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Denver school board wants better communication with parents as district weighs school closure

Denver school board members said Thursday night (2/23) that they expect better communication with parents and educators as district officials consider next steps — including possible closure — for 15 schools with low enrollment.

At the same time, board members who previously voted against school closures said they now believe some schools have such low enrollment that the situation is unsustainable.

Superintendent Alex Marrero presented an update on enrollment and possible steps toward closure at Thursday’s board meeting. He identified three schools with especially low enrollment that could close as soon as the end of the school year: Denver Discovery School, Math and Science Leadership Academy, and Fairview Elementary.

Marrero emphasized that he has not yet made a formal recommendation to close those schools or any others, and that he’s open to new ideas from the community. He said he is approaching the process differently than he did in the fall, when he made a recommendation to close 10 small schools and then directed school leaders to hold community meetings to hear from affected families.

This time, Marrero is proposing meeting with the affected school communities before making a recommendation — a change that school board members said they appreciated.

“Yes, these three schools can be recommended for closure, and these 12 schools can be recommended for closure next year, but that’s not what I’m bringing forward today,” Marrero said in an interview after the board meeting Thursday night. “I want everybody to be prepared that that could be the case, but we’re also looking for creative solutions.”

Marrero said the process could move quickly for the three schools with “critically low enrollment.” He said district staff could begin engaging with families and teachers at Denver Discovery School, MSLA, and Fairview Elementary immediately, and he could bring a formal recommendation to the board next month.

Board Vice President Auon’tai Anderson, who was sharply critical of the school closure recommendation process this fall, said he feels differently now about the three smallest schools.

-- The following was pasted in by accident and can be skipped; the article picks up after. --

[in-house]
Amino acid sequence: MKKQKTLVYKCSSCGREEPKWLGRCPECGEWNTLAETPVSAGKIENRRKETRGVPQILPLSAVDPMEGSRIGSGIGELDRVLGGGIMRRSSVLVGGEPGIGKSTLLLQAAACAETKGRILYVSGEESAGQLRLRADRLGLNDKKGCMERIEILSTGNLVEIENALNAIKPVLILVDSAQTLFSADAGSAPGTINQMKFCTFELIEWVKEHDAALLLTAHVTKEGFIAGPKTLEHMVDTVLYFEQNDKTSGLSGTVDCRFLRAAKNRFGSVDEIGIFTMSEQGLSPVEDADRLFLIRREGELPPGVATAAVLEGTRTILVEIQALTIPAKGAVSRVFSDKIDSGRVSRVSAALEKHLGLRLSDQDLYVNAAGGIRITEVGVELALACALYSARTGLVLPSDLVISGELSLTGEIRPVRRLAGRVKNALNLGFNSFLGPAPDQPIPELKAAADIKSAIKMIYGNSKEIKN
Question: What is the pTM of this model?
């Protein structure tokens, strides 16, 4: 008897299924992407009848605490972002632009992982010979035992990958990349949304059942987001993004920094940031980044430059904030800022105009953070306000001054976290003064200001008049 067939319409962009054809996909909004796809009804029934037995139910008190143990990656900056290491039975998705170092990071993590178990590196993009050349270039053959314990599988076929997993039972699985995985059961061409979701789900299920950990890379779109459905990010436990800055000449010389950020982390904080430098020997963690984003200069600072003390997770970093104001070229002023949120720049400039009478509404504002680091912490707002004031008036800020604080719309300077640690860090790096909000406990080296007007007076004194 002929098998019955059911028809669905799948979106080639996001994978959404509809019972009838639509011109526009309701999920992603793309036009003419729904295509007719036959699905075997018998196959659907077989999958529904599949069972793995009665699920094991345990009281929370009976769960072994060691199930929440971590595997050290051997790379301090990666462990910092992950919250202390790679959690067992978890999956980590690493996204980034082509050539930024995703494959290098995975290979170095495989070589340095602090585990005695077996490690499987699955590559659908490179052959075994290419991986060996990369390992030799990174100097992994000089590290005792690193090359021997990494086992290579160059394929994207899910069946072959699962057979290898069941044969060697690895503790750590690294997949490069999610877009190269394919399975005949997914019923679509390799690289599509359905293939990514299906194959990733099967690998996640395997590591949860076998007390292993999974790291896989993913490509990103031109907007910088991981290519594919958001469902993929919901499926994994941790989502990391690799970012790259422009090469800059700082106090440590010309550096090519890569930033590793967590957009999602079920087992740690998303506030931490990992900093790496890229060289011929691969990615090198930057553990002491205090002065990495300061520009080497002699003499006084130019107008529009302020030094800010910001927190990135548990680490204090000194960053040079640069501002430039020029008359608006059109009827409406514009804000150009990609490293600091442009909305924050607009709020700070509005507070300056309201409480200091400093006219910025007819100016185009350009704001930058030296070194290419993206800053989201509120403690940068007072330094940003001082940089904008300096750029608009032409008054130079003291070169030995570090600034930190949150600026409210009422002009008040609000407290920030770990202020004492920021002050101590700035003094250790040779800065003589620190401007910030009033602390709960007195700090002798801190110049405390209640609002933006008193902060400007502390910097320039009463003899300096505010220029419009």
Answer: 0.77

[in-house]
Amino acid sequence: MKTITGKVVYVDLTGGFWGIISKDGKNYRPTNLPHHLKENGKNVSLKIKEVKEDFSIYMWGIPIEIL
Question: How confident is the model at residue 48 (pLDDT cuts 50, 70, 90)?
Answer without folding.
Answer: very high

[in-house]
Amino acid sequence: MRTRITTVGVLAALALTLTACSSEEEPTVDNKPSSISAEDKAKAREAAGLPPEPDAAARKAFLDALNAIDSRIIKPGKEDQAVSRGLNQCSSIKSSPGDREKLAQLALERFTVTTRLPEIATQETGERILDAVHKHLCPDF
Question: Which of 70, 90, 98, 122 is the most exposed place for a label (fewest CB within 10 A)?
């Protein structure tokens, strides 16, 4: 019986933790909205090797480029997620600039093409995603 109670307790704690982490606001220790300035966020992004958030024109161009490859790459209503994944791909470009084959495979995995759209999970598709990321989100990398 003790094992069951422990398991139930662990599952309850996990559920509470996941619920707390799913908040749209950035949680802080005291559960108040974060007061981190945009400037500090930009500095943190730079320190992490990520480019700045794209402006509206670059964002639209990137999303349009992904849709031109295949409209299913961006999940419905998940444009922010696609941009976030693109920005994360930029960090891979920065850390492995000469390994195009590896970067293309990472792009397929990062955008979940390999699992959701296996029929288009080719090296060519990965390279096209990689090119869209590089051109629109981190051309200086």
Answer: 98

“I believe that we are at a point with the three schools that we need to take action immediately,” Anderson said.

Denver Discovery School is projected to have just 62 students next year, while MSLA is projected to have 104 excluding preschoolers. Fairview Elementary is projected to have 118. Denver schools are funded per student, and schools with low enrollment struggle to afford enough staff.

Anderson acknowledged that families may have avoided schools previously flagged for closure in the just-closed school choice window, leading to even lower enrollment at those schools.

The process would move more slowly for 12 schools Marrero identified as having “concerning enrollment,” meaning they are projected to have fewer than 215 students next year.

A proposed timeline calls for district staff to meet with the 12 school communities from March to August, and for Marrero to present a formal recommendation to the school board in September. Any closures or other changes, which the proposal says could include revising school boundaries or co-locating one small school with another, wouldn’t happen until fall 2024.

The 12 schools are Ashley Elementary, Beach Court Elementary, Cole Arts and Sciences Academy, Colfax Elementary, Columbian Elementary, Eagleton Elementary, Hallett Academy, International Academy of Denver at Harrington, Kaiser Elementary, Palmer Elementary, Schmitt Elementary, and Whittier K-8. Projected enrollment ranges from 131 students excluding preschoolers at IAD at Harrington to 209 students at Cole Arts and Sciences Academy.

Board members offered suggestions Thursday for what they’d like the meetings with the school communities to look like. Anderson said Marrero should lead the meetings himself.

Families should be assured their children will get priority to enroll at other schools if their school closes, Anderson said, and staff should be assured they’ll get other jobs in the district. He also suggested the meetings be held both in-person and virtually so more families could participate.

Board member Carrie Olson said one of the most uncomfortable parts of the meetings this fall was when parents would ask questions that principals didn’t know the answer to. She requested that “people who can answer questions” be in the room at all community meetings.

“Clear communication with answers at meetings is going to be vital and imperative,” she said.

The board is considering a new policy that directs the superintendent on how to approach school closures. It acknowledges that district enrollment is declining and says the board “believes it is necessary to consolidate and unify schools to maintain the financial viability of the district and to maximize the resources, staff, and programs offered to students.”

Consolidation and unification are how Denver officials describe school closures.

The policy outlines a long list of information that the district should provide to families and educators at schools recommended for closure, including the “positive implications of proceeding” and the “negative implications of not proceeding.”

Melanie Asmar is a senior reporter for Chalkbeat Colorado, covering Denver Public Schools. Contact Melanie at

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